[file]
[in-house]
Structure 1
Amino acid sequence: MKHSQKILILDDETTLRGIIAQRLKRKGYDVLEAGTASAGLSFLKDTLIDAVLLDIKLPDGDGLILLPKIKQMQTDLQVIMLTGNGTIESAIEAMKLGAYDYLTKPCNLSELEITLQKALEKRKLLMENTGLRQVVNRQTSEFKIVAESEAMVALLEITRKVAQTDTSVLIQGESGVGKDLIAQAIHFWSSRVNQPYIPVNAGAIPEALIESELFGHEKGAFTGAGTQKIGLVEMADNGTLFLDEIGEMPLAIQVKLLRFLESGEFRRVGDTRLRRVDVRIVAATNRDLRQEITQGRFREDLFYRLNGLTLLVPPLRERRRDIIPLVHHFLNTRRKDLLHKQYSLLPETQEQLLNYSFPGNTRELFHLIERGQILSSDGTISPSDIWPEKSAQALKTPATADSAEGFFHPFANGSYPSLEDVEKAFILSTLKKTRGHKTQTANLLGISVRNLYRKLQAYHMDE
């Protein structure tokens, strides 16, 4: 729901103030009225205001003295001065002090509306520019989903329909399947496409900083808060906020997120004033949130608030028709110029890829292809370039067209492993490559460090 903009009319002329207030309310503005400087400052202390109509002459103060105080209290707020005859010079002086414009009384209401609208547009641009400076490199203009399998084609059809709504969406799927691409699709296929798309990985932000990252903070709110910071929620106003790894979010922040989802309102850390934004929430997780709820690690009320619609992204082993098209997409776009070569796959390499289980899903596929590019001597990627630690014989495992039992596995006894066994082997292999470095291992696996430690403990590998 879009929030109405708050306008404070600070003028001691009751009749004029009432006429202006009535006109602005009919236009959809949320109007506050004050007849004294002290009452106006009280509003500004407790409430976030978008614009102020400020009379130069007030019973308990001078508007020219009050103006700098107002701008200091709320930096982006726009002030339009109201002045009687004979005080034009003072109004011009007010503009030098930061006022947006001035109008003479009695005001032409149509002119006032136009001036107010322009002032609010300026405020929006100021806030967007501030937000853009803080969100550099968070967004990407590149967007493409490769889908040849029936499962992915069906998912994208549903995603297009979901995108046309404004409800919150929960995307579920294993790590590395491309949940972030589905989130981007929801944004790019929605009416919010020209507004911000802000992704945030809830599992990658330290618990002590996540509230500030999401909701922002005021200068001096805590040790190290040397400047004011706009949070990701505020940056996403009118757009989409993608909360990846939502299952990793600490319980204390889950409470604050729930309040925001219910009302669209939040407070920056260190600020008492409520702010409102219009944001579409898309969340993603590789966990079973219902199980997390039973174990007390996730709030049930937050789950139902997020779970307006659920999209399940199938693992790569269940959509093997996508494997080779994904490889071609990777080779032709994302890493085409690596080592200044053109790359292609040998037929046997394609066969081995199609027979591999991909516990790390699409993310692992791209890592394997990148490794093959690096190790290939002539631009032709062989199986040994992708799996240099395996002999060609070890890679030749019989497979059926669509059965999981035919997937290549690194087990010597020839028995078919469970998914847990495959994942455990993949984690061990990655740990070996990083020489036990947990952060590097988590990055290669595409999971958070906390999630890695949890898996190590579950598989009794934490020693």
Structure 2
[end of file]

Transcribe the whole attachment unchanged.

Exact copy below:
[in-house]
Structure 1
Amino acid sequence: MKHSQKILILDDETTLRGIIAQRLKRKGYDVLEAGTASAGLSFLKDTLIDAVLLDIKLPDGDGLILLPKIKQMQTDLQVIMLTGNGTIESAIEAMKLGAYDYLTKPCNLSELEITLQKALEKRKLLMENTGLRQVVNRQTSEFKIVAESEAMVALLEITRKVAQTDTSVLIQGESGVGKDLIAQAIHFWSSRVNQPYIPVNAGAIPEALIESELFGHEKGAFTGAGTQKIGLVEMADNGTLFLDEIGEMPLAIQVKLLRFLESGEFRRVGDTRLRRVDVRIVAATNRDLRQEITQGRFREDLFYRLNGLTLLVPPLRERRRDIIPLVHHFLNTRRKDLLHKQYSLLPETQEQLLNYSFPGNTRELFHLIERGQILSSDGTISPSDIWPEKSAQALKTPATADSAEGFFHPFANGSYPSLEDVEKAFILSTLKKTRGHKTQTANLLGISVRNLYRKLQAYHMDE
């Protein structure tokens, strides 16, 4: 729901103030009225205001003295001065002090509306520019989903329909399947496409900083808060906020997120004033949130608030028709110029890829292809370039067209492993490559460090 903009009319002329207030309310503005400087400052202390109509002459103060105080209290707020005859010079002086414009009384209401609208547009641009400076490199203009399998084609059809709504969406799927691409699709296929798309990985932000990252903070709110910071929620106003790894979010922040989802309102850390934004929430997780709820690690009320619609992204082993098209997409776009070569796959390499289980899903596929590019001597990627630690014989495992039992596995006894066994082997292999470095291992696996430690403990590998 879009929030109405708050306008404070600070003028001691009751009749004029009432006429202006009535006109602005009919236009959809949320109007506050004050007849004294002290009452106006009280509003500004407790409430976030978008614009102020400020009379130069007030019973308990001078508007020219009050103006700098107002701008200091709320930096982006726009002030339009109201002045009687004979005080034009003072109004011009007010503009030098930061006022947006001035109008003479009695005001032409149509002119006032136009001036107010322009002032609010300026405020929006100021806030967007501030937000853009803080969100550099968070967004990407590149967007493409490769889908040849029936499962992915069906998912994208549903995603297009979901995108046309404004409800919150929960995307579920294993790590590395491309949940972030589905989130981007929801944004790019929605009416919010020209507004911000802000992704945030809830599992990658330290618990002590996540509230500030999401909701922002005021200068001096805590040790190290040397400047004011706009949070990701505020940056996403009118757009989409993608909360990846939502299952990793600490319980204390889950409470604050729930309040925001219910009302669209939040407070920056260190600020008492409520702010409102219009944001579409898309969340993603590789966990079973219902199980997390039973174990007390996730709030049930937050789950139902997020779970307006659920999209399940199938693992790569269940959509093997996508494997080779994904490889071609990777080779032709994302890493085409690596080592200044053109790359292609040998037929046997394609066969081995199609027979591999991909516990790390699409993310692992791209890592394997990148490794093959690096190790290939002539631009032709062989199986040994992708799996240099395996002999060609070890890679030749019989497979059926669509059965999981035919997937290549690194087990010597020839028995078919469970998914847990495959994942455990993949984690061990990655740990070996990083020489036990947990952060590097988590990055290669595409999971958070906390999630890695949890898996190590579950598989009794934490020693």
Structure 2